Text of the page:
The causes of such a relation are still to be clarified. One possible mechanism underlying the adverse effects of excessive physical activity is hyperarousal state — a state of increased responsiveness manifesting itself in various physiological and psychological symptoms. Another possible explanation is musculoskeletal pain as a consequence of physical overload.
More research is needed to reveal the main factor linking excessive physical activity and poor sleep.
What are the practical takeaways from your research, and other related papers, for someone who is looking to optimize their sleep quality?
Although any practical conclusions from our study may be premature we suppose in general that if you care about your sleep quality or have a tendency to insomnia it is reasonable for you to avoid regular exhaustive physical activity.
More thorough evidence-based advice on physical activity can be found in the WHO's Global Recommendations on physical activity for health, in particular:
- Adults aged 18–64 should do at least 150 minutes of moderate-intensity aerobic physical activity throughout the week or do at least 75 minutes of vigorous-intensity aerobic physical activity throughout the week or an equivalent combination of moderate- and vigorous-intensity activity.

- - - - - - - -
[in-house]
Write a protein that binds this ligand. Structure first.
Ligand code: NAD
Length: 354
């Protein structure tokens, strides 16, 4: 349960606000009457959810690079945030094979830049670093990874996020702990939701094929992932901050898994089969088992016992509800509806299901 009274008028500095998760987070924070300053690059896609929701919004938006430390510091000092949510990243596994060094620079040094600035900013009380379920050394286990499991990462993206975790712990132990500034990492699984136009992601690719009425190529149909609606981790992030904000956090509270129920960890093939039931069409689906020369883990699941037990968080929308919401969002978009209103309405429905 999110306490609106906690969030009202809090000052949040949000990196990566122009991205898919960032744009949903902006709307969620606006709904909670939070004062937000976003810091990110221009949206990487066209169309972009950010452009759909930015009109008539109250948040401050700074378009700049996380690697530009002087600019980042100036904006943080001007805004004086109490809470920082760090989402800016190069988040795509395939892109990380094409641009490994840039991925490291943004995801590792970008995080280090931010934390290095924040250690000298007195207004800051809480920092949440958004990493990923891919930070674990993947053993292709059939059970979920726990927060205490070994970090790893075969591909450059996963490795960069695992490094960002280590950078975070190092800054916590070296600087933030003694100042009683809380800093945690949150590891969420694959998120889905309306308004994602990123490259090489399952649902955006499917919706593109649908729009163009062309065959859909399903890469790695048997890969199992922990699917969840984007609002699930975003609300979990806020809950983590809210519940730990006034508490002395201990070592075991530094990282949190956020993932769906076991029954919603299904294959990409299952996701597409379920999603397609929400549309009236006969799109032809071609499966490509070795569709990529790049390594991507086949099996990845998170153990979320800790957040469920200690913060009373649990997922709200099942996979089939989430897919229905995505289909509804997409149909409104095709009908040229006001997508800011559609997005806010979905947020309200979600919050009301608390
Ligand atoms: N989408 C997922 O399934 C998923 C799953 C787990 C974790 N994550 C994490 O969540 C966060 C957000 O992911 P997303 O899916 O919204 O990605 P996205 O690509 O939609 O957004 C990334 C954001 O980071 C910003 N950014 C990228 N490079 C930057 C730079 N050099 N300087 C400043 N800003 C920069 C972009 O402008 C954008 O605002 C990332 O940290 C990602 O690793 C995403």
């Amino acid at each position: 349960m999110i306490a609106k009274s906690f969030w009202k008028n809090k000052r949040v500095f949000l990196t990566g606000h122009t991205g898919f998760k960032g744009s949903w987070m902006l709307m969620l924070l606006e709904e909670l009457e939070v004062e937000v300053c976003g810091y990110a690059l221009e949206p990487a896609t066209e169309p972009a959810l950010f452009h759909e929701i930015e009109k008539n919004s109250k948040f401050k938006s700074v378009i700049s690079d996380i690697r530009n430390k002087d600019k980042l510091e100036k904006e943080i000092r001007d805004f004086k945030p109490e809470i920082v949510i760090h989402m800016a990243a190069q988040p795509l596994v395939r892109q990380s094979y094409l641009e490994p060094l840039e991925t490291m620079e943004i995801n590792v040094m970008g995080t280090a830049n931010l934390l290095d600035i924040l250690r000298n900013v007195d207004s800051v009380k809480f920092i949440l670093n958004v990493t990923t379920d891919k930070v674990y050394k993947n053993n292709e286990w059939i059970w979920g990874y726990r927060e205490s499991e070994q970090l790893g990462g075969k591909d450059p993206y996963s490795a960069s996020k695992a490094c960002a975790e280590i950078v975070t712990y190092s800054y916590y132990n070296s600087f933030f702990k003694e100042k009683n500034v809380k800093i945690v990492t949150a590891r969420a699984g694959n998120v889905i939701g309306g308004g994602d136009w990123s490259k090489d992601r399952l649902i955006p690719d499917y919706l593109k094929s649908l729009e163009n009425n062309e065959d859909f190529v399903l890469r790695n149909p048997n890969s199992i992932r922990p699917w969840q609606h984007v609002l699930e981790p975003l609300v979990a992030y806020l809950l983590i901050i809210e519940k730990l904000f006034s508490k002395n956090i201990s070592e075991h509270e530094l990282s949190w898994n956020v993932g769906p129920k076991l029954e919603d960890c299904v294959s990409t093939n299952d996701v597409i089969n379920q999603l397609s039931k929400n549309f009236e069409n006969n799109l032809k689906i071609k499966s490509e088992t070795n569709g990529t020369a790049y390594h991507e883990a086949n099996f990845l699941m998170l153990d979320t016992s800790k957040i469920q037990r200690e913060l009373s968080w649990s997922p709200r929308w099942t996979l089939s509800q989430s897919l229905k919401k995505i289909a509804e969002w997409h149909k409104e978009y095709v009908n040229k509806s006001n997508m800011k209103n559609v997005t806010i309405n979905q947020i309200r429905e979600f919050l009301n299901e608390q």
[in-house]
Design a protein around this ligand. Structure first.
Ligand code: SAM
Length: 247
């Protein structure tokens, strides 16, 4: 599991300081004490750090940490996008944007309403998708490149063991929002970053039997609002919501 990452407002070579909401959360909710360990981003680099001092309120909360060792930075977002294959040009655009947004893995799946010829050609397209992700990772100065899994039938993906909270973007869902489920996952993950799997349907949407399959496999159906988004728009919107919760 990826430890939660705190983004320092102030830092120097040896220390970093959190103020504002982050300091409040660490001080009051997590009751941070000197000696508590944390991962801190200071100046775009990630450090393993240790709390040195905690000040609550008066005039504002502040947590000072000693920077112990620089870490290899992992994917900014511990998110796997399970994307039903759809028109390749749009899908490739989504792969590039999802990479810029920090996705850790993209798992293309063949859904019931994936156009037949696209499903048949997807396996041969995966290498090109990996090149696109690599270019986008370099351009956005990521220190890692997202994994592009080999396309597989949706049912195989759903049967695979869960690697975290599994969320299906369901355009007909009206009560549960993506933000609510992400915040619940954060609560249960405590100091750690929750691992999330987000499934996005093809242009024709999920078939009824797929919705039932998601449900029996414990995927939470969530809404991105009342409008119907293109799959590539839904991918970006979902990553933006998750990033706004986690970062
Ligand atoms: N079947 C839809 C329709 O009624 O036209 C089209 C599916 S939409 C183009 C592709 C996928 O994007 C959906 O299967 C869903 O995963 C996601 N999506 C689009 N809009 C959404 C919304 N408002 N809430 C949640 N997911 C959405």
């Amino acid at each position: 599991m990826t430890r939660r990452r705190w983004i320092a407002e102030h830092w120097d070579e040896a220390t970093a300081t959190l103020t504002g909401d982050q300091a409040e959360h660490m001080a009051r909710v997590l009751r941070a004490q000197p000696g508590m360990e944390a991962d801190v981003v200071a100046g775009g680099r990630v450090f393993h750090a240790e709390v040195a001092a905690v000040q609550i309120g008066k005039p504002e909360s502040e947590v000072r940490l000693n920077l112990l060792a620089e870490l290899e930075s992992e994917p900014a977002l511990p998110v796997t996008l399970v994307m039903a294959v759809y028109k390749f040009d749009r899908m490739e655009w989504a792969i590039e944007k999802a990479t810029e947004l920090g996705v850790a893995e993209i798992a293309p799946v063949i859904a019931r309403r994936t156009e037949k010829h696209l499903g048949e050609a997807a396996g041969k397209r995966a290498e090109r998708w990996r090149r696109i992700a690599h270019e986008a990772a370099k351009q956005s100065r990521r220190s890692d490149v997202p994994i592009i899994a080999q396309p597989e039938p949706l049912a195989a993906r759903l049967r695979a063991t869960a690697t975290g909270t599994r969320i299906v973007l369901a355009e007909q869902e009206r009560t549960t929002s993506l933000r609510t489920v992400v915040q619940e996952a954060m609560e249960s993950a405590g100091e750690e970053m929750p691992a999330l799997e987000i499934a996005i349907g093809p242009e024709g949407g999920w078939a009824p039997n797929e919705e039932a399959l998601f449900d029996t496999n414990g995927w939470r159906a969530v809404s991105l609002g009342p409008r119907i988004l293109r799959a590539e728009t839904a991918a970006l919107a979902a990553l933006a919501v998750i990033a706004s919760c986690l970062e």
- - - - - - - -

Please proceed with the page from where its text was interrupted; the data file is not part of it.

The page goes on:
- Aerobic activity should be performed in bouts of at least 10 minutes duration.
- For additional health benefits, adults should increase their moderate-intensity aerobic physical activity to 300 minutes per week, or engage in 150 minutes of vigorous-intensity aerobic physical activity per week, or an equivalent combination of moderate- and vigorous-intensity activity.
- Muscle-strengthening activities should be done involving major muscle groups on 2 or more days a week.
Talking about sleep we should also recommend to avoid too much physical activity just before going to bed, although the precise timing can vary individually, although our study did not focus on this issue.
These are general recommendations for good health and there is evidence that complying with them is beneficial for sleep. Moreover, physical exercise may be regarded as an alternative or complementary approach to existing treatment for sleep disorders.
But, as research revealed and our study confirmed, very high levels of regular physical activity may be as much detrimental for sleep as very low physical activity. And it is especially true for high occupational physical load.
Summing up, we should follow the rule of the golden mean, to keep balance between extremes in physical activity.